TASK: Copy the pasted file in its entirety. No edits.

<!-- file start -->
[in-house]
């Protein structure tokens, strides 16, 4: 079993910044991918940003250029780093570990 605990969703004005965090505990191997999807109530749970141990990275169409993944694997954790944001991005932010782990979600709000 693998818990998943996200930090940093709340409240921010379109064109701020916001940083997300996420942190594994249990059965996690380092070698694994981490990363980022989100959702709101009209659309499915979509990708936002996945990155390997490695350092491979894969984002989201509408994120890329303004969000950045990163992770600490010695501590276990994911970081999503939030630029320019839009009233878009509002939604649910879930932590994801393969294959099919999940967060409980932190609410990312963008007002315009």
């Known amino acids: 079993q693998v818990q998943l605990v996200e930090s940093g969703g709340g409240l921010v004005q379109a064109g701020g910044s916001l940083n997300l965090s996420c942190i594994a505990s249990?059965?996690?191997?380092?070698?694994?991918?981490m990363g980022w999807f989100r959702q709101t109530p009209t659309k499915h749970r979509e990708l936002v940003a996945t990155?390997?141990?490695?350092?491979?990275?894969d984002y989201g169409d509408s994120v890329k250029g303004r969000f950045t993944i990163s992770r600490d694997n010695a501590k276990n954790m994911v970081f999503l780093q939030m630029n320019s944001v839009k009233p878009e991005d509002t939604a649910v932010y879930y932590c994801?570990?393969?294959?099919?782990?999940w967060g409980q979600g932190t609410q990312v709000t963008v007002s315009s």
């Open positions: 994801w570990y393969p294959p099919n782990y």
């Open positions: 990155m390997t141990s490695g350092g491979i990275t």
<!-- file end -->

[in-house]
């Protein structure tokens, strides 16, 4: 079993910044991918940003250029780093570990 605990969703004005965090505990191997999807109530749970141990990275169409993944694997954790944001991005932010782990979600709000 693998818990998943996200930090940093709340409240921010379109064109701020916001940083997300996420942190594994249990059965996690380092070698694994981490990363980022989100959702709101009209659309499915979509990708936002996945990155390997490695350092491979894969984002989201509408994120890329303004969000950045990163992770600490010695501590276990994911970081999503939030630029320019839009009233878009509002939604649910879930932590994801393969294959099919999940967060409980932190609410990312963008007002315009």
């Known amino acids: 079993q693998v818990q998943l605990v996200e930090s940093g969703g709340g409240l921010v004005q379109a064109g701020g910044s916001l940083n997300l965090s996420c942190i594994a505990s249990?059965?996690?191997?380092?070698?694994?991918?981490m990363g980022w999807f989100r959702q709101t109530p009209t659309k499915h749970r979509e990708l936002v940003a996945t990155?390997?141990?490695?350092?491979?990275?894969d984002y989201g169409d509408s994120v890329k250029g303004r969000f950045t993944i990163s992770r600490d694997n010695a501590k276990n954790m994911v970081f999503l780093q939030m630029n320019s944001v839009k009233p878009e991005d509002t939604a649910v932010y879930y932590c994801?570990?393969?294959?099919?782990?999940w967060g409980q979600g932190t609410q990312v709000t963008v007002s315009s």
């Open positions: 994801w570990y393969p294959p099919n782990y």
């Open positions: 990155m390997t141990s490695g350092g491979i990275t």